In the assembly of previously known layered print heads having piezoelectric actuators, also known as piezoelectric transducers, the process of mounting the layer containing the piezoelectric actuators and polymeric interstitial material to the diaphragm layer requires the use of a liquid thermoset polymer prior to curing. This thermoset polymer spreads and enters the openings in the piezoelectric-transducer layer and the inlets in the diaphragm layer and then cures. When the polymer is subsequently cured, it can partially block the ink flow path at the inlet or body regions. Removal of the cured thermoset polymer from the ink inlets is difficult. A print head assembly method that enables the layer containing the piezoelectric actuators to be mounted to a diaphragm layer and that prevents the flow of uncured polymers into undesired locations of the ink path would be useful.
A method for assembling an inkjet jet print head enables piezoelectric transducers to be bonded to an inkjet ejector without partially blocking or closing inlets to a pressure chamber within the inkjet ejector. The method includes bonding a polymer layer to a diaphragm layer having a plurality of openings formed in the diaphragm layer, bonding piezoelectric transducers to the diaphragm layer with a thermoset adhesive, placing thermoset polymer in areas between the piezoelectric transducers on the diaphragm layer, and drilling inlets through the thermoset adhesive and the polymer layer at pre-existing holes in the diaphragm layer. In one embodiment, the drilling is done with a laser.
The method produces piezoelectric print heads in which the location of thermoset adhesive has been controlled by the presence of the polymer layer covering pre-existing holes in the diaphragm layer. The blocking polymer layer is on the side of the diaphragm opposite the piezoelectric transducers and the thermoset polymer. The piezoelectric print head includes a body layer in which a plurality of pressure chambers is configured, a diaphragm plate having a plurality of openings, a polymer layer interposed between the body layer and the diaphragm plate, a plurality of piezoelectric transducers bonded to the diaphragm plate, thermoset polymer filling a region between the piezoelectric transducers bonded to the diaphragm plate, and openings through the polymer layer and thermoset polymer that align with the openings in the diaphragm plate.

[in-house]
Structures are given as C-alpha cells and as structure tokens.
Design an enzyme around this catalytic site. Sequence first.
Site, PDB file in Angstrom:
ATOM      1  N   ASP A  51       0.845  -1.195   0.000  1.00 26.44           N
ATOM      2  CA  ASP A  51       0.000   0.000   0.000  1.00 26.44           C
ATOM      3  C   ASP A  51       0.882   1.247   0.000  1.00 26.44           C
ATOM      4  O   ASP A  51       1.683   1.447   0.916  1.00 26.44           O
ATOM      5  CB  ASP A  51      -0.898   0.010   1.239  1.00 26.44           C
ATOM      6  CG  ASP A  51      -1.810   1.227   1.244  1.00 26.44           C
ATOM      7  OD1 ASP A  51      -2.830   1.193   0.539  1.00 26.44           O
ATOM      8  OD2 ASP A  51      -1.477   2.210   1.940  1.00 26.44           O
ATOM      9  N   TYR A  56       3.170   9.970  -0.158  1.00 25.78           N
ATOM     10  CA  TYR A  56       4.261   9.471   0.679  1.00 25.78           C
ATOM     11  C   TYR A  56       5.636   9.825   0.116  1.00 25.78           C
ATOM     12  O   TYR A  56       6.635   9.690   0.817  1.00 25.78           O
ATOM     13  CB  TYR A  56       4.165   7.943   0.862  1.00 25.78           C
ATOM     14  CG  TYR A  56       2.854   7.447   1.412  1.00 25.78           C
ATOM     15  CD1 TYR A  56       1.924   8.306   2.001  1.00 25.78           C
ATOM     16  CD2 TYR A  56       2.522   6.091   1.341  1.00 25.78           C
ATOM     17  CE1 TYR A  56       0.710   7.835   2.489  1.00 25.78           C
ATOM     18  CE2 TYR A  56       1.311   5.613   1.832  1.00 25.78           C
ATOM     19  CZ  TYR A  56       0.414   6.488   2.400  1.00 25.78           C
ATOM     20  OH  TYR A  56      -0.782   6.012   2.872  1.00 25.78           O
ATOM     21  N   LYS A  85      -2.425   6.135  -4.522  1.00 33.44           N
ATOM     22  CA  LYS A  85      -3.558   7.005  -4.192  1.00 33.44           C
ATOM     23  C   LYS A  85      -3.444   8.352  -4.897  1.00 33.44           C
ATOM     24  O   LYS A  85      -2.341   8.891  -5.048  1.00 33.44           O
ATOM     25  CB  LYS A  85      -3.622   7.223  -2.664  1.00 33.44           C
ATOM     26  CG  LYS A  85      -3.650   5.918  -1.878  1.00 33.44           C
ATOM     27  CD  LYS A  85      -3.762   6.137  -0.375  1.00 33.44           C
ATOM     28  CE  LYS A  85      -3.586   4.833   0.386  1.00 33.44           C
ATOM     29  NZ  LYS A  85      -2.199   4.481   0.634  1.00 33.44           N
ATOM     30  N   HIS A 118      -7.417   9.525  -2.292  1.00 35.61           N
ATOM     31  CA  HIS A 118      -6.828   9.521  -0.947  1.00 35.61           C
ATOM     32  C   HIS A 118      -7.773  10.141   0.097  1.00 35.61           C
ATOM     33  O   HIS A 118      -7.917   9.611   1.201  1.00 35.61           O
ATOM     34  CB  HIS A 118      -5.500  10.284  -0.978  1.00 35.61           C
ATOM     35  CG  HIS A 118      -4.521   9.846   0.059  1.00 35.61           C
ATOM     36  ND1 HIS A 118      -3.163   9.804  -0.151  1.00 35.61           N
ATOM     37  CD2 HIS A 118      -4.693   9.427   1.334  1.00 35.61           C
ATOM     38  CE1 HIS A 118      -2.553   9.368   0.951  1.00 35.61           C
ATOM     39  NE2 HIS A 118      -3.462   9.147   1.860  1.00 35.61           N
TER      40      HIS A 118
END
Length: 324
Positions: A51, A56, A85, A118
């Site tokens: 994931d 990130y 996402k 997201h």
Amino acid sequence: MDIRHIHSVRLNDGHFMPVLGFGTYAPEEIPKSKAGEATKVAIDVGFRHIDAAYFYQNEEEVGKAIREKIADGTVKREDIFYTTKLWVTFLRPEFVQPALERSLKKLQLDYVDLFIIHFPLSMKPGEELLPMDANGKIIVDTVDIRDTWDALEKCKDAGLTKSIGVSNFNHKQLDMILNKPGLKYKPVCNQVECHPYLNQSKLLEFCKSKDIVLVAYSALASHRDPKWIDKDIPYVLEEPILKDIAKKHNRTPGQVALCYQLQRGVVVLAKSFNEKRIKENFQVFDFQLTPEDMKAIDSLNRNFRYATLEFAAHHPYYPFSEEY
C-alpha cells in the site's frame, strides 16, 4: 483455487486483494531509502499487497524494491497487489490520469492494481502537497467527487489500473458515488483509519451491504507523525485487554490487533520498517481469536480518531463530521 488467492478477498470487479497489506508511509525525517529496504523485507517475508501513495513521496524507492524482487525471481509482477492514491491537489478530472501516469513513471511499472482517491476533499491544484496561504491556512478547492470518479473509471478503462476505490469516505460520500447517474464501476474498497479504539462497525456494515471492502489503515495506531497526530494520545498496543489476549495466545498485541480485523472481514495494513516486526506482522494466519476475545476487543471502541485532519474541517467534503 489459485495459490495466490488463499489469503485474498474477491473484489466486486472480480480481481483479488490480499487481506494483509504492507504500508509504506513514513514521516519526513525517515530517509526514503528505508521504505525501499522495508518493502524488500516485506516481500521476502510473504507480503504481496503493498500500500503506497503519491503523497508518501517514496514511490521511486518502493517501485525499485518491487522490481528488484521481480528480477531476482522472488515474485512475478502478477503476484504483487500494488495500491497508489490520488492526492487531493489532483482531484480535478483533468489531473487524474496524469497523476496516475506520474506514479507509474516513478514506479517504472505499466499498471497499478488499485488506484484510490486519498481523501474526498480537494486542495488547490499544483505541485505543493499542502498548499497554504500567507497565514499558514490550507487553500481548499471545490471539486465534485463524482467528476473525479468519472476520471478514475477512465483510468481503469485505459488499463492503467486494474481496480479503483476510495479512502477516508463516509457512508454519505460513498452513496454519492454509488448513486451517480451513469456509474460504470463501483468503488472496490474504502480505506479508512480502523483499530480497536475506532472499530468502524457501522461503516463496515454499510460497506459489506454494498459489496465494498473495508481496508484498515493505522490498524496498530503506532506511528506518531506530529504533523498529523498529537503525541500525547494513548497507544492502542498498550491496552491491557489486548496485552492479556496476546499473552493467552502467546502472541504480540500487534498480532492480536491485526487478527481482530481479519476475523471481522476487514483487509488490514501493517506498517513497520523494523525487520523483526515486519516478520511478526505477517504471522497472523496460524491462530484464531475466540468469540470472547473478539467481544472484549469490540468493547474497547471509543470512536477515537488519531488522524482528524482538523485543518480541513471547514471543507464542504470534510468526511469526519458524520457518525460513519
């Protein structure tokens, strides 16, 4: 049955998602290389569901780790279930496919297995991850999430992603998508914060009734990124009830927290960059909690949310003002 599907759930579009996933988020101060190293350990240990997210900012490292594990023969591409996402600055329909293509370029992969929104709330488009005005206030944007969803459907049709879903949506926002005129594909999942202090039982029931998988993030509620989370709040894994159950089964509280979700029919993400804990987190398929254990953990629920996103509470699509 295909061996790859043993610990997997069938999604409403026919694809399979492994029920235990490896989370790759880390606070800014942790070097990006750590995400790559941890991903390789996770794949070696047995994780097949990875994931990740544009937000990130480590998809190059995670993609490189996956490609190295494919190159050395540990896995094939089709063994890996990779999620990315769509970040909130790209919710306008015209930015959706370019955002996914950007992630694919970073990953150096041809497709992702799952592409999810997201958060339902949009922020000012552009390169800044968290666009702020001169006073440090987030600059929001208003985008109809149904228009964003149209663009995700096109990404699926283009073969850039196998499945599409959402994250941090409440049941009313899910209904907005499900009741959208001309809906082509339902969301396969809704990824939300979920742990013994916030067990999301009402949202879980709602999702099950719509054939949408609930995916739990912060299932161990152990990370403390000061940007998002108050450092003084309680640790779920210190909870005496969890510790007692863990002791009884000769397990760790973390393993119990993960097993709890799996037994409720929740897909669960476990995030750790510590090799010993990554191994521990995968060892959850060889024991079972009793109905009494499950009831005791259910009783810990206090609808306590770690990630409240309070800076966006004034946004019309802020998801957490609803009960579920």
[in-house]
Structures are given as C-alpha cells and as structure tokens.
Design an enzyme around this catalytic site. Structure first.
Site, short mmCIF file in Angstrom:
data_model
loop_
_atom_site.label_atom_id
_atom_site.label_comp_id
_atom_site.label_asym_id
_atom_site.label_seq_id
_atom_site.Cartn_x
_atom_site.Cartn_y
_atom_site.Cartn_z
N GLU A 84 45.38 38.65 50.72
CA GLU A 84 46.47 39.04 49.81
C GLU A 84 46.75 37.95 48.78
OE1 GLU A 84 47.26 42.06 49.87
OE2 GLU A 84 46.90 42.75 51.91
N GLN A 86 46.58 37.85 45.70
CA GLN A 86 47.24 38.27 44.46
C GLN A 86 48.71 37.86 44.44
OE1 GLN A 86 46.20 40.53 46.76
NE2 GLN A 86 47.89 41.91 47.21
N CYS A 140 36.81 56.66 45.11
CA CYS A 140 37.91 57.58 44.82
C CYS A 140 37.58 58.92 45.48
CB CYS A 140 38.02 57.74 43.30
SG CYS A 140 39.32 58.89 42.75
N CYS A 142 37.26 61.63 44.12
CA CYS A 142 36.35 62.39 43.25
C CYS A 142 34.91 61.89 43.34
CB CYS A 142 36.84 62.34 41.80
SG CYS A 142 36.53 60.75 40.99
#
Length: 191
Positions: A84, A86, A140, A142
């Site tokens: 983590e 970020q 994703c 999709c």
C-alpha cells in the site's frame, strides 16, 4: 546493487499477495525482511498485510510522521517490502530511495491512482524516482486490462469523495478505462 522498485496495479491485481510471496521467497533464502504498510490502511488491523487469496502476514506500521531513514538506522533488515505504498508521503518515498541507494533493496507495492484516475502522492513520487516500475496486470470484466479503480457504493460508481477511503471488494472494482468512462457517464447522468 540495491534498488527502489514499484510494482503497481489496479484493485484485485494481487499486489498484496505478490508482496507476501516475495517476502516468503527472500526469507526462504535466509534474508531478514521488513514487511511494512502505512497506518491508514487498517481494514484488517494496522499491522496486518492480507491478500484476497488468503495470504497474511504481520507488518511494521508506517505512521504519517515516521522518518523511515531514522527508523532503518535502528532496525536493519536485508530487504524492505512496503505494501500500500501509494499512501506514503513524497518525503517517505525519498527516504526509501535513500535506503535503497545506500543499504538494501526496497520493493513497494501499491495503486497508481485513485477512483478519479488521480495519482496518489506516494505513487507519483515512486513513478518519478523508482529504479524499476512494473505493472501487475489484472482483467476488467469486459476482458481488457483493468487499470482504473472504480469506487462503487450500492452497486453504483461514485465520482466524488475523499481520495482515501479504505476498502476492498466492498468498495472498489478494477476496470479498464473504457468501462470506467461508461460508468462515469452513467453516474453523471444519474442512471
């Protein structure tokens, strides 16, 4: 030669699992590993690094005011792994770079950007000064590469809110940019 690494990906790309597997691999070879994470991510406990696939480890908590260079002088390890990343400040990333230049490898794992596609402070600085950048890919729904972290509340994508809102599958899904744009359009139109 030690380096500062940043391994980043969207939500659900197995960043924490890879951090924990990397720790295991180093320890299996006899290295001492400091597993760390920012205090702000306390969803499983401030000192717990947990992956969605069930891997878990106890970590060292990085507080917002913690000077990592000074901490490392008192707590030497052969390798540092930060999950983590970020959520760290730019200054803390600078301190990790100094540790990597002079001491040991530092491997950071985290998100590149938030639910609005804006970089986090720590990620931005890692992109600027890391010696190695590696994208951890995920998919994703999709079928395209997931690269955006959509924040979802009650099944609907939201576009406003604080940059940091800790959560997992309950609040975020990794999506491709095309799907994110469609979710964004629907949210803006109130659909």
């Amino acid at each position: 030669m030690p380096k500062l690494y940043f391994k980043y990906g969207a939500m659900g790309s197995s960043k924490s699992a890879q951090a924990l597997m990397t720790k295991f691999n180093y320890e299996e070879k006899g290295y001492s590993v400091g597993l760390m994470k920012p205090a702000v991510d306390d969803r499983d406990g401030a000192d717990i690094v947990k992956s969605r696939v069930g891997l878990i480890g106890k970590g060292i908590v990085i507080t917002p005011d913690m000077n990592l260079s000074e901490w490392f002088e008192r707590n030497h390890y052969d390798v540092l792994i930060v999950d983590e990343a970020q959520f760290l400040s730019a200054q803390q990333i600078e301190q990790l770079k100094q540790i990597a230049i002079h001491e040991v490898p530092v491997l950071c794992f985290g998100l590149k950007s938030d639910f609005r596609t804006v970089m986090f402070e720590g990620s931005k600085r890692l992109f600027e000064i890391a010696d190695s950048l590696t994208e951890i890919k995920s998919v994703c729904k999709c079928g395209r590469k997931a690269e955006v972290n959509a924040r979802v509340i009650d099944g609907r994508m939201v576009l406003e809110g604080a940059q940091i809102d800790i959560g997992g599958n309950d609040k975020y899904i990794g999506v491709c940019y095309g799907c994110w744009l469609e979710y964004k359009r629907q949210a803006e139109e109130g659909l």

BRIEF DESCRIPTION OF THE DRAWINGS
The foregoing aspects and other features of forming inlets through a polymer layer and thermoset polymer filling interstitial space between piezoelectric transducers are explained in the following description, taken in connection with the accompanying drawings.
FIG. 1A is a profile view of a partially completed inkjet print head including a diaphragm layer, body layer, and a polymer layer.
FIG. 1B is a profile view of the same partial inkjet print head of FIG. 1A additionally including piezoelectric transducers bonded to the diaphragm layer.
FIG. 1C is a profile view of the same partial inkjet print head of FIG. 1B further including thermoset polymer filling an interstitial area between the piezoelectric transducers.
FIG. 2A is a profile view of the completed assembly of FIG. 1C after the assembly is bonded to an electrical circuit board and ink channels have been ablated.
FIG. 2B is a profile view of a complete inkjet head including an outlet plate attached to the body layer and an ink manifold attached to a rigid or flexible electrical circuit layer.
FIG. 3A is a schematic cross sectional side view of a prior art embodiment of an inkjet.
FIG. 3B is a schematic view of the prior art embodiment of the inkjet of FIG. 3A.